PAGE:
It is this sort of familiar exercise I suggest with the MCA. As with the ‘convergence’ of common law and statute in the lead up to the MCA, this ‘analogy’ approach would smooth any legislative change to Banks. It may even show Parliament that buttressed by the MCA and with some of its language updated, Banks remains as vital as ever.

Applying this analysis to the facts of the case before him, HHJ Tindal first considered the 2009 will purportedly made by the testator, about which there were three concerning features:

55. […] Firstly, it was executed within two months of Stanley’s discharge from compulsory ‘section’ in hospital which raises serious concerns about his state of mind and capacity. Secondly, it was prepared in the throes of a dramatic change: Stanley’s separation from Kathleen and reconciliation with Agnes, which proved very short-lived. Thirdly despite that, Agnes is not even mentioned in the 2009 will. To make matters worse, there is a total absence of contemporaneous evidence.

The 2009 will therefore acutely raised the concern of Andrew Strauss QC in Walker about the presumption of capacity in s.1(2) MCA: where “there is a dearth of evidence and the burden of proof may be decisive; in such cases the common law position would be reversed if the Act applies.”   Working through the Hegelian synthesis he had developed previously, however, HHJ Tindal found the answer.  He started with the common law position:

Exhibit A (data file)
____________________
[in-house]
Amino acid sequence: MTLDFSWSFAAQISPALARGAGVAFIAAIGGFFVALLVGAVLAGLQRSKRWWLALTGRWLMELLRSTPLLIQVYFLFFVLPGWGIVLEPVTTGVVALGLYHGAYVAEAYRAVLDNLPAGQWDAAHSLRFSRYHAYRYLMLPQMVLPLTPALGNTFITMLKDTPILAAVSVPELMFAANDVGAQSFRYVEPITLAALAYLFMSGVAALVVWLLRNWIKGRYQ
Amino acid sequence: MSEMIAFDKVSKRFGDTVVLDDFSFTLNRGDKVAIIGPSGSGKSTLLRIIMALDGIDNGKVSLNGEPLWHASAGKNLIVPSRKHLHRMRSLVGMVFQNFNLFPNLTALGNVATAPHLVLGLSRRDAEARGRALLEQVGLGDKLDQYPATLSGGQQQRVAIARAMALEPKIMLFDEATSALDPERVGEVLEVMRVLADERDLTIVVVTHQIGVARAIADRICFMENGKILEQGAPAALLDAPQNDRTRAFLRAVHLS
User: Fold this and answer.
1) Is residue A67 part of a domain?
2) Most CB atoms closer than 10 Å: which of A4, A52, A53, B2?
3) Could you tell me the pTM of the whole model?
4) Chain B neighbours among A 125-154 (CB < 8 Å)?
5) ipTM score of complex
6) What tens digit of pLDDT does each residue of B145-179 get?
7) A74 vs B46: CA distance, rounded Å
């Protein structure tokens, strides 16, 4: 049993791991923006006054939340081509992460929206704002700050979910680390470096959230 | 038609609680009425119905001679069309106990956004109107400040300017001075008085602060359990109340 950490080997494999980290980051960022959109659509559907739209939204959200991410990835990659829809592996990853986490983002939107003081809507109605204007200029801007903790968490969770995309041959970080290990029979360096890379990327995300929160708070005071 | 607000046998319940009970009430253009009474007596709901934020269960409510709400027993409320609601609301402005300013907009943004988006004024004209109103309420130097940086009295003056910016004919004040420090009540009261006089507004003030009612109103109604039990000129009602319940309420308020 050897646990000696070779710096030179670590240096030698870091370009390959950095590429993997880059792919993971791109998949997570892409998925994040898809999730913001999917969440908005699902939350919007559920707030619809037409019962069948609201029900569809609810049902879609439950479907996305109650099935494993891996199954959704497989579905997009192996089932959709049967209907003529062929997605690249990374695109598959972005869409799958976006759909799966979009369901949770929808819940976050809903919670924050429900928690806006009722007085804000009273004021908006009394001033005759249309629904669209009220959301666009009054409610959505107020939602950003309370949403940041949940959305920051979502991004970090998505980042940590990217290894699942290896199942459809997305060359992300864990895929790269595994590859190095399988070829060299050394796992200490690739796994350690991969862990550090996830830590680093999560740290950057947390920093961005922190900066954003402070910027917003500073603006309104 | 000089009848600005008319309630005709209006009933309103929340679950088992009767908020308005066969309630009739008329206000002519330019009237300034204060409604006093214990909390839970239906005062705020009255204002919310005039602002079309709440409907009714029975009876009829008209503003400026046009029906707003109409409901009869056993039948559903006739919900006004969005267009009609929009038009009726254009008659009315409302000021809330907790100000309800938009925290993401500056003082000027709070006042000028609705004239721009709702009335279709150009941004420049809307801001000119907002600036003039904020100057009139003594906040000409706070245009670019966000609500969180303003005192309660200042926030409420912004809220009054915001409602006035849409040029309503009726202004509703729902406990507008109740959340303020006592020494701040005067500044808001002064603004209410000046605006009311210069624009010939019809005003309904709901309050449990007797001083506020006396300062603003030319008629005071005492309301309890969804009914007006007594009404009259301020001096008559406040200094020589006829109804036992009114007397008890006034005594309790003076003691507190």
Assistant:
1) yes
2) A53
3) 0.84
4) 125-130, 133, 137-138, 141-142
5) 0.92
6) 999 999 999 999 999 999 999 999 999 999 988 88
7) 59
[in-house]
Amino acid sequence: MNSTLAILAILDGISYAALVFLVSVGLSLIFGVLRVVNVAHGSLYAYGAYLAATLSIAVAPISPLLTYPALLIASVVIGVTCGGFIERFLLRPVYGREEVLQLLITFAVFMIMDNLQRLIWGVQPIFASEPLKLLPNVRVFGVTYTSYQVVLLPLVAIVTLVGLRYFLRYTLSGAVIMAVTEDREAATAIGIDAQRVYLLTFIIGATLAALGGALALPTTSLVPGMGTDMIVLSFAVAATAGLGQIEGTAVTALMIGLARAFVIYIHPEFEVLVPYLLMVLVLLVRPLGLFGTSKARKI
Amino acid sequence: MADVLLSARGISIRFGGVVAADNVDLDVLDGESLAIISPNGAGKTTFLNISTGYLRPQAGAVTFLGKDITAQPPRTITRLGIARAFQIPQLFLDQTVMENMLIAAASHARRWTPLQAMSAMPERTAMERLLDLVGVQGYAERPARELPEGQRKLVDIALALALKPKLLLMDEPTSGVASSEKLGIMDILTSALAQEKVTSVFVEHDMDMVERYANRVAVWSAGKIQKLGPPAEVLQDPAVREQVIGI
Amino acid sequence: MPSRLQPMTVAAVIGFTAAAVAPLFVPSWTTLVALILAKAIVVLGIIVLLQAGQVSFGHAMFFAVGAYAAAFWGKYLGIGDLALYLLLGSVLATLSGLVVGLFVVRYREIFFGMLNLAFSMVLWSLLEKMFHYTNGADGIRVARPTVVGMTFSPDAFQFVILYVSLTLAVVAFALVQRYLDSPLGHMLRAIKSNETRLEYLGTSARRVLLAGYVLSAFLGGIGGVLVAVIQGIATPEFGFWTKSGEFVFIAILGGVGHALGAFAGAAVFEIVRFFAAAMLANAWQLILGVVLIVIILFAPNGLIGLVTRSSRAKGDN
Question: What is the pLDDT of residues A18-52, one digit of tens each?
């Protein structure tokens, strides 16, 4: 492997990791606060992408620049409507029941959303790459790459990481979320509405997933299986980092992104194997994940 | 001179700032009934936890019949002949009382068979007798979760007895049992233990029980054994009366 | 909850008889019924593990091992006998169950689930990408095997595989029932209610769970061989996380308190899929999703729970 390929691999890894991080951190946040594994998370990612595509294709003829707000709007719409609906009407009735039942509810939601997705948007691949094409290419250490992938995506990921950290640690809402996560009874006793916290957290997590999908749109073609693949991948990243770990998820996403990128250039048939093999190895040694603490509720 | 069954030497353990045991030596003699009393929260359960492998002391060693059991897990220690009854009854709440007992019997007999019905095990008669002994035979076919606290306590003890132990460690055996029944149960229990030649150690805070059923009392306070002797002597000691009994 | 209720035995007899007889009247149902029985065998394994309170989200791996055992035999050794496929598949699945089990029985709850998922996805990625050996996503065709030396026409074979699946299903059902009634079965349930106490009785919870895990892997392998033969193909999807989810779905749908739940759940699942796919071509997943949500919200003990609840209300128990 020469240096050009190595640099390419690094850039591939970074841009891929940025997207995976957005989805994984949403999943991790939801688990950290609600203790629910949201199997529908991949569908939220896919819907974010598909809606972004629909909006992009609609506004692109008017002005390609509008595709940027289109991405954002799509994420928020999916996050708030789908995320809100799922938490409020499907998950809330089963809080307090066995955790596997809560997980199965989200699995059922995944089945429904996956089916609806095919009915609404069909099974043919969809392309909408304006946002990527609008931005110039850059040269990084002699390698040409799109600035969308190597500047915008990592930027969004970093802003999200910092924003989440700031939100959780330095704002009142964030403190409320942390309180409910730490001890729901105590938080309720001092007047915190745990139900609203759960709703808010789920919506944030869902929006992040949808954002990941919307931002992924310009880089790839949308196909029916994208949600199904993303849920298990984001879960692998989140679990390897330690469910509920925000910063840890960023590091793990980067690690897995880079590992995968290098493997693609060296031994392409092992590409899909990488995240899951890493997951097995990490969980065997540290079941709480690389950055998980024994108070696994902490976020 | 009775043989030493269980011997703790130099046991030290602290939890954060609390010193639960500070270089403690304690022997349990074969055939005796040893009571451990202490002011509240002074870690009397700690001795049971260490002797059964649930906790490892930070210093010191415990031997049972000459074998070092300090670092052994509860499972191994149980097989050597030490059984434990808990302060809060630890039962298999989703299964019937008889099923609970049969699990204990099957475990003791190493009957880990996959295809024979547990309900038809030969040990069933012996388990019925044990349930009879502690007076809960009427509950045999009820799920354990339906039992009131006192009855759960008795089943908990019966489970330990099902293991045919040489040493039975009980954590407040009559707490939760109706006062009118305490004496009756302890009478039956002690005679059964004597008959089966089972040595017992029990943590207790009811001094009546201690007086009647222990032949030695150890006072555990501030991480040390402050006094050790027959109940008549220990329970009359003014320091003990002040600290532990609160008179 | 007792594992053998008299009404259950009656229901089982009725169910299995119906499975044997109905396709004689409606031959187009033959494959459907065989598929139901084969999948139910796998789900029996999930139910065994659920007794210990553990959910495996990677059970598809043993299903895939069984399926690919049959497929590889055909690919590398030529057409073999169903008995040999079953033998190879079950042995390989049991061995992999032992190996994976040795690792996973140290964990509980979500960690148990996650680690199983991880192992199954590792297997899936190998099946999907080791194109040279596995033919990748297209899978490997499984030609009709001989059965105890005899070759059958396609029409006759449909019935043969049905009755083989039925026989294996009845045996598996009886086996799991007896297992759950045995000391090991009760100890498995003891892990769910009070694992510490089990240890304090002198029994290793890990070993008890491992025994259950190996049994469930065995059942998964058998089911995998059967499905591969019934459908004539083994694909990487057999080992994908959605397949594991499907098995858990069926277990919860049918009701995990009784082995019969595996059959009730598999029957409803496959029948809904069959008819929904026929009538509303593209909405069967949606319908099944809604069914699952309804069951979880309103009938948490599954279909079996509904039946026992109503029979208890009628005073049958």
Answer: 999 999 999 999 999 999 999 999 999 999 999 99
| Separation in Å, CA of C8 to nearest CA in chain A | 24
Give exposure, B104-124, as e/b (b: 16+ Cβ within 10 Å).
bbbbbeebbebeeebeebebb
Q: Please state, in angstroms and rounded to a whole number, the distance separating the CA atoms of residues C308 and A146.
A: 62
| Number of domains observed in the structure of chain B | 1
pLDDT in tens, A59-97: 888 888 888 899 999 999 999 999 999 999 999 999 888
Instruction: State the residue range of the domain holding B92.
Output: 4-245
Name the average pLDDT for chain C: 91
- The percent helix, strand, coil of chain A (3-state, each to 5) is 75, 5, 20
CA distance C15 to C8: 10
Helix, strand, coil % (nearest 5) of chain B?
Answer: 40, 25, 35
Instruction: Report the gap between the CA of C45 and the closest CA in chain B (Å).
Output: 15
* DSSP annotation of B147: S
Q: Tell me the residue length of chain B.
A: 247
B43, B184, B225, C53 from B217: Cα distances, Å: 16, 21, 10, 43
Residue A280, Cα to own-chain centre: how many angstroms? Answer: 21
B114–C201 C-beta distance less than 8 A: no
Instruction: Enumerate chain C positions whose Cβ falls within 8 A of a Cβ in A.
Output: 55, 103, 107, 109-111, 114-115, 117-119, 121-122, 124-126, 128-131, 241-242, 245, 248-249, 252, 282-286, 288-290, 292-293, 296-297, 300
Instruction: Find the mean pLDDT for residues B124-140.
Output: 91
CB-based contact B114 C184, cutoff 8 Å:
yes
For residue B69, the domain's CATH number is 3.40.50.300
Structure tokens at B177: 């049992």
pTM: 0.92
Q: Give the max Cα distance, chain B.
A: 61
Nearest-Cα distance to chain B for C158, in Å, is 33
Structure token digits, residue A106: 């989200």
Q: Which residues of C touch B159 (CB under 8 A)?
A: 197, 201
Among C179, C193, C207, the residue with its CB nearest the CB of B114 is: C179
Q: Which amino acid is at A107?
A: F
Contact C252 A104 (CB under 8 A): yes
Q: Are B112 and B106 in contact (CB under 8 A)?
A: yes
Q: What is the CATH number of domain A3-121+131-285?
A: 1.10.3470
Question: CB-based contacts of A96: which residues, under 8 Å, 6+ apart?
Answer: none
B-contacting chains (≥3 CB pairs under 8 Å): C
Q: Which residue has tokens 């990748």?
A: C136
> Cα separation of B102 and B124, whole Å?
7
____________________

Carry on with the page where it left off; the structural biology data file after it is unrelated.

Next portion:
56. At common law, given the three serious concerns I have outlined, I am prepared to accept that the omission of Agnes from the will means it is not ‘rational on its face’ (I accept ‘on its face’ is debatable and I will return to it). This means the common law presumption of capacity in Keydoes not apply. It is a very simple will indeed and the silence about the jointly-owned cottage with Kathleen is probably explicable in relation to the second Banks limb if they held it as joint tenants as they later did with the Bungalow (c.f. Simon). The absence of any evidence of explanation (Hoff) against the background of the recent mental health episode raises concerns on the first limb of Banks. However, the real concern is the third and fourth limbs of Banks. The unexplained exclusion of not only Kathleen but also Agnes would appear to undermine the third limb – Stanley’s ability to ‘comprehend and appreciate the claims to which he should give effect’. Moreover, this feature – especially Agnes’ omission – with the close correlation of Stanley’s mental health episode and his abrupt change of will the following year back to Kathleen (see below) would make it difficult to be satisfied on the balance of probabilities (with no presumption of capacity) that “no disorder of the mind….[or] insane delusion [had brought]…about a disposal of it which, if his mind had been sound, would not have been made.” In short, I find the will is invalid because it has not been proved that Stanley had capacity to make it in December 2009.